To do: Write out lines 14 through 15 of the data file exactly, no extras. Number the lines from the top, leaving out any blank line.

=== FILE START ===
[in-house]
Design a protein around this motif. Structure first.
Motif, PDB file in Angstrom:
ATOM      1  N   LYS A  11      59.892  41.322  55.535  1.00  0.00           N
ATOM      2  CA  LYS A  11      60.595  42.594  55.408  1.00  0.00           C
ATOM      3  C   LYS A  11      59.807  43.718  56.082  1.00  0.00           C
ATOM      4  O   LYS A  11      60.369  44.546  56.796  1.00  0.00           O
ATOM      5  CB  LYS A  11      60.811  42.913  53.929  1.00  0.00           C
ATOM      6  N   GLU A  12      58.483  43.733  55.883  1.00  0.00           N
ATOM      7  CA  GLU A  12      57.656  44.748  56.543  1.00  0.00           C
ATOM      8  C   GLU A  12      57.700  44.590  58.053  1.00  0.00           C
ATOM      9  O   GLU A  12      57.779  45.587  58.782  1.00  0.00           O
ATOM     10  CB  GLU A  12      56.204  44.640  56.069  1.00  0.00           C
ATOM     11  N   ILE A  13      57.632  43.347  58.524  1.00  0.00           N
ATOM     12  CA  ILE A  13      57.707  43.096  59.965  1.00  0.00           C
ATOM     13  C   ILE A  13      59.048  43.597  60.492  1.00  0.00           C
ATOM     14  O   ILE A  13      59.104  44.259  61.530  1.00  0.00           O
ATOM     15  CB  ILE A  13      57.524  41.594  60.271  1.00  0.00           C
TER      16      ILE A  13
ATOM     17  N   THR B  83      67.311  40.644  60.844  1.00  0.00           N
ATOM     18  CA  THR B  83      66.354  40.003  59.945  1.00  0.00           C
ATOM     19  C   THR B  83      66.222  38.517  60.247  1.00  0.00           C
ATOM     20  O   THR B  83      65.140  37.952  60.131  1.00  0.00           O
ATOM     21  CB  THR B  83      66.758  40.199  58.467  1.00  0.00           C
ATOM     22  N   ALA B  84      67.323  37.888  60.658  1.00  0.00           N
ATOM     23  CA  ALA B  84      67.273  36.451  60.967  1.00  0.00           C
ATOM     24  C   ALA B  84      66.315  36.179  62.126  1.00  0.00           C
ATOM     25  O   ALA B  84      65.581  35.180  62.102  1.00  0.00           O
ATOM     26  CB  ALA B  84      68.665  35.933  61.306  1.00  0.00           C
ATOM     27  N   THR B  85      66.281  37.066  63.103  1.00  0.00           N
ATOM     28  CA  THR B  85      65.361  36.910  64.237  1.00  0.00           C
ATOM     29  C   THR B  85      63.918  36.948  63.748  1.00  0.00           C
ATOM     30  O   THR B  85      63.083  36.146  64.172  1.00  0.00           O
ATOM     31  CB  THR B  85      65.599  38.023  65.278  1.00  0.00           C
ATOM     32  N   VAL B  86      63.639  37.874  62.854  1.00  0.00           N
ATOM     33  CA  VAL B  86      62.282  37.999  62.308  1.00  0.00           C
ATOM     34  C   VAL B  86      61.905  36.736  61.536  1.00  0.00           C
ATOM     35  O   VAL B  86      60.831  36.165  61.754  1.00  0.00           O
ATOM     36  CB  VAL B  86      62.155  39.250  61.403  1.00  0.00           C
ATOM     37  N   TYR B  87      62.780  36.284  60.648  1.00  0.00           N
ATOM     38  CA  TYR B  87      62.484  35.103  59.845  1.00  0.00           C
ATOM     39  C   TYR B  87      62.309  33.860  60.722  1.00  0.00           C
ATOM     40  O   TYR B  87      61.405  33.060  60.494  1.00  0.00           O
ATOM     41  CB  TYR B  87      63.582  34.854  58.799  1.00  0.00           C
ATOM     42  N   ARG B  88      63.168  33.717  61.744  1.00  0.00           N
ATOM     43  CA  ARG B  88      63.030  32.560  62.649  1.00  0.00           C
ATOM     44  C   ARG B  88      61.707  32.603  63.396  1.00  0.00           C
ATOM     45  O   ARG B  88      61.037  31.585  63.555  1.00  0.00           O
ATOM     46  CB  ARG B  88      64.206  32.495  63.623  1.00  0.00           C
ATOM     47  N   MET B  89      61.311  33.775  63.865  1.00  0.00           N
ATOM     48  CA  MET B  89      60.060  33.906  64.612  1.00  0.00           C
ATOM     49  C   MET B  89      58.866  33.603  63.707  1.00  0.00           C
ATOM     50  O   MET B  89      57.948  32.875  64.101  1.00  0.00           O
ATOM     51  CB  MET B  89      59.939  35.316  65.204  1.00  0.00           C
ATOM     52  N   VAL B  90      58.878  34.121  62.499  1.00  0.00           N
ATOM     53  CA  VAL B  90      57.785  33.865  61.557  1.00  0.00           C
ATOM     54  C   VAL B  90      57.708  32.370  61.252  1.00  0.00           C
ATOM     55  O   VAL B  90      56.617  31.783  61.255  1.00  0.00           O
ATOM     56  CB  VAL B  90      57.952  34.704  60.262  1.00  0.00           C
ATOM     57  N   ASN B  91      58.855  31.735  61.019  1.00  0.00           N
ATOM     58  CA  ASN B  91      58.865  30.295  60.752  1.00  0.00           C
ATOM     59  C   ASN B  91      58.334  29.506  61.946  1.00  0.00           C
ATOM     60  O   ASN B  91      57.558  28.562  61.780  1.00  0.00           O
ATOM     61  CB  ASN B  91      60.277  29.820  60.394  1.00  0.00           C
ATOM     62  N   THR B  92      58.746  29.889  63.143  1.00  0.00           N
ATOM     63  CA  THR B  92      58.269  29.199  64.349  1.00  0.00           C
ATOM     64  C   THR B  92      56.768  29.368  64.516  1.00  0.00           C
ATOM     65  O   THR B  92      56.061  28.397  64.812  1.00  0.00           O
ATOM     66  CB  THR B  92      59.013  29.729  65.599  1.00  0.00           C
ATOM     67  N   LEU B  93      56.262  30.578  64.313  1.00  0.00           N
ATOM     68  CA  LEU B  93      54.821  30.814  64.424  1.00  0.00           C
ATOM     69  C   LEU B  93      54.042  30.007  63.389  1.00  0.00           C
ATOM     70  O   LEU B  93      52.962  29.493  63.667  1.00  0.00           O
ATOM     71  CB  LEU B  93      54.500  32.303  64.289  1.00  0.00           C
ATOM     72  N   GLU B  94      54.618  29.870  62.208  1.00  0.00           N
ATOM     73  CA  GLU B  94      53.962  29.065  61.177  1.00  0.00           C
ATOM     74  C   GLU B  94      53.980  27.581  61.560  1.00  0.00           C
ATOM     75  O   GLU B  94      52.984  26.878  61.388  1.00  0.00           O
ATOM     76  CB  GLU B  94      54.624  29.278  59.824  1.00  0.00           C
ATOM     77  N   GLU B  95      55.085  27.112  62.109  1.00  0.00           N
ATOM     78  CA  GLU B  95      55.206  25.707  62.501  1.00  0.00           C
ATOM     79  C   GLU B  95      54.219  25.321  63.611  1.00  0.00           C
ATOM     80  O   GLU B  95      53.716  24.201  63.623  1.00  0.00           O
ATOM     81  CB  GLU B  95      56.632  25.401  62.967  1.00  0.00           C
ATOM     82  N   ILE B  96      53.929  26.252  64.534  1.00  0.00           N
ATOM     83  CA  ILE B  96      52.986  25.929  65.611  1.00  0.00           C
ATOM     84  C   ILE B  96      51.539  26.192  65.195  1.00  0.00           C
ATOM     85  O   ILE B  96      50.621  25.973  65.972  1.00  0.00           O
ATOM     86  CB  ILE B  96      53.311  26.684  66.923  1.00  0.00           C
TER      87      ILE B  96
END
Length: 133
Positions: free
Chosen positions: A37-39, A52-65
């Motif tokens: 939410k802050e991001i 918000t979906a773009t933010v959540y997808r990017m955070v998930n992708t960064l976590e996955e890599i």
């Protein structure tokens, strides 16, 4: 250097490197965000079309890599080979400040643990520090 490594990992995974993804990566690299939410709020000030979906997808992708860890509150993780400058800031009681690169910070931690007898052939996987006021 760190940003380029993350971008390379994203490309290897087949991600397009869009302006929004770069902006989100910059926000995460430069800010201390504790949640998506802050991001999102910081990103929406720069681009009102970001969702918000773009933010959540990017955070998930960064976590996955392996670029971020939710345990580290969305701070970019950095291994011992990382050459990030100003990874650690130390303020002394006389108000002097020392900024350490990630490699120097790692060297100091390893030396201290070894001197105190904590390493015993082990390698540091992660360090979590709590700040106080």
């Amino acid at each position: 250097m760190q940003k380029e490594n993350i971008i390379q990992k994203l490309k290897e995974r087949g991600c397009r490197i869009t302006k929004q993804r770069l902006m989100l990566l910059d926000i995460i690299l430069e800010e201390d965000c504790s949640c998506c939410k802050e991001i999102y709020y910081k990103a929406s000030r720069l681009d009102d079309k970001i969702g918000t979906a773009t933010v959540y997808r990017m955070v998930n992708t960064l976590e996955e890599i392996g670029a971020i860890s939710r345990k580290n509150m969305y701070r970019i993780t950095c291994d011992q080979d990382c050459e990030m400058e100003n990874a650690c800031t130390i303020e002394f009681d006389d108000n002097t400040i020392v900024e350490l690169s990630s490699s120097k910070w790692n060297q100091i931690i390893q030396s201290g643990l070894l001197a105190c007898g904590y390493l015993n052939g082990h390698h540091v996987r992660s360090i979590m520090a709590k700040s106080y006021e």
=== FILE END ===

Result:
ATOM     11  N   ILE A  13      57.632  43.347  58.524  1.00  0.00           N
ATOM     12  CA  ILE A  13      57.707  43.096  59.965  1.00  0.00           C